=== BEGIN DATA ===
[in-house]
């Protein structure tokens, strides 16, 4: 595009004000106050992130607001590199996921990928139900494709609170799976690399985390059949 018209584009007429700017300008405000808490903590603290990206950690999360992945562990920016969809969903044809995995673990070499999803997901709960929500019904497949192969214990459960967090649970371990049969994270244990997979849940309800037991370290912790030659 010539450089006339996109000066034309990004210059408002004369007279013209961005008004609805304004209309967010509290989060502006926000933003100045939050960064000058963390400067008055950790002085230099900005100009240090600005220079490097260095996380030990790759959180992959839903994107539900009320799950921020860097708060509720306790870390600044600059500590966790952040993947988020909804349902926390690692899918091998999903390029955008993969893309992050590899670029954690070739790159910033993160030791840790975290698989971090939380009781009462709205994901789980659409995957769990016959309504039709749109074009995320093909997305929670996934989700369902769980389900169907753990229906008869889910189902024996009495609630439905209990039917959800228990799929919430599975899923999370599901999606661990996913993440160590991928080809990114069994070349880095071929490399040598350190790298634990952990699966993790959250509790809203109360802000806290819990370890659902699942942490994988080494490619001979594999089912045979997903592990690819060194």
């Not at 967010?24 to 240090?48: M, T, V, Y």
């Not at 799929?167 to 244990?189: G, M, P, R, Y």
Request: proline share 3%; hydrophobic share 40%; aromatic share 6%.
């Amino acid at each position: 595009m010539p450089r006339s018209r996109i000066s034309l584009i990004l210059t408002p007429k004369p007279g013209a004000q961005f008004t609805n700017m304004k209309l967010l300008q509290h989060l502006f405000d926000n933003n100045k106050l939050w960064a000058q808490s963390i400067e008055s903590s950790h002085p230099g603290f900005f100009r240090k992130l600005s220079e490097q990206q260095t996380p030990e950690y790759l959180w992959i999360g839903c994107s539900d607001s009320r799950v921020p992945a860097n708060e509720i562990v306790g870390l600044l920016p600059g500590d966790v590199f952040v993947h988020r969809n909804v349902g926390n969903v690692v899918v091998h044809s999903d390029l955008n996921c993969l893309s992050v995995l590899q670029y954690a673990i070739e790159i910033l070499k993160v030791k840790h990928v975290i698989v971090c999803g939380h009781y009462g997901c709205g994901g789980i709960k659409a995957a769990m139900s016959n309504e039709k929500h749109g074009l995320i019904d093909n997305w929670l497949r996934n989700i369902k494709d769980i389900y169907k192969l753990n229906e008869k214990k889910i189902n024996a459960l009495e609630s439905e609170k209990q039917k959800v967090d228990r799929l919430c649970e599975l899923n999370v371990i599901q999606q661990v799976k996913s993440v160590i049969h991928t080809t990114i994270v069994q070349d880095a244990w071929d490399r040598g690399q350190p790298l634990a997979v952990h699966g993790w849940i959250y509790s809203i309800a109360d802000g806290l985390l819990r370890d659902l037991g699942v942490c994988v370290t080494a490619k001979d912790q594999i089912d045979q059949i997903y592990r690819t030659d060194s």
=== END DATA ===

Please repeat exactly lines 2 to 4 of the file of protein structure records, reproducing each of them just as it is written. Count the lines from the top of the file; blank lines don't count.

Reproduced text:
């Protein structure tokens, strides 16, 4: 595009004000106050992130607001590199996921990928139900494709609170799976690399985390059949 018209584009007429700017300008405000808490903590603290990206950690999360992945562990920016969809969903044809995995673990070499999803997901709960929500019904497949192969214990459960967090649970371990049969994270244990997979849940309800037991370290912790030659 010539450089006339996109000066034309990004210059408002004369007279013209961005008004609805304004209309967010509290989060502006926000933003100045939050960064000058963390400067008055950790002085230099900005100009240090600005220079490097260095996380030990790759959180992959839903994107539900009320799950921020860097708060509720306790870390600044600059500590966790952040993947988020909804349902926390690692899918091998999903390029955008993969893309992050590899670029954690070739790159910033993160030791840790975290698989971090939380009781009462709205994901789980659409995957769990016959309504039709749109074009995320093909997305929670996934989700369902769980389900169907753990229906008869889910189902024996009495609630439905209990039917959800228990799929919430599975899923999370599901999606661990996913993440160590991928080809990114069994070349880095071929490399040598350190790298634990952990699966993790959250509790809203109360802000806290819990370890659902699942942490994988080494490619001979594999089912045979997903592990690819060194």
């Not at 967010?24 to 240090?48: M, T, V, Y």
């Not at 799929?167 to 244990?189: G, M, P, R, Y």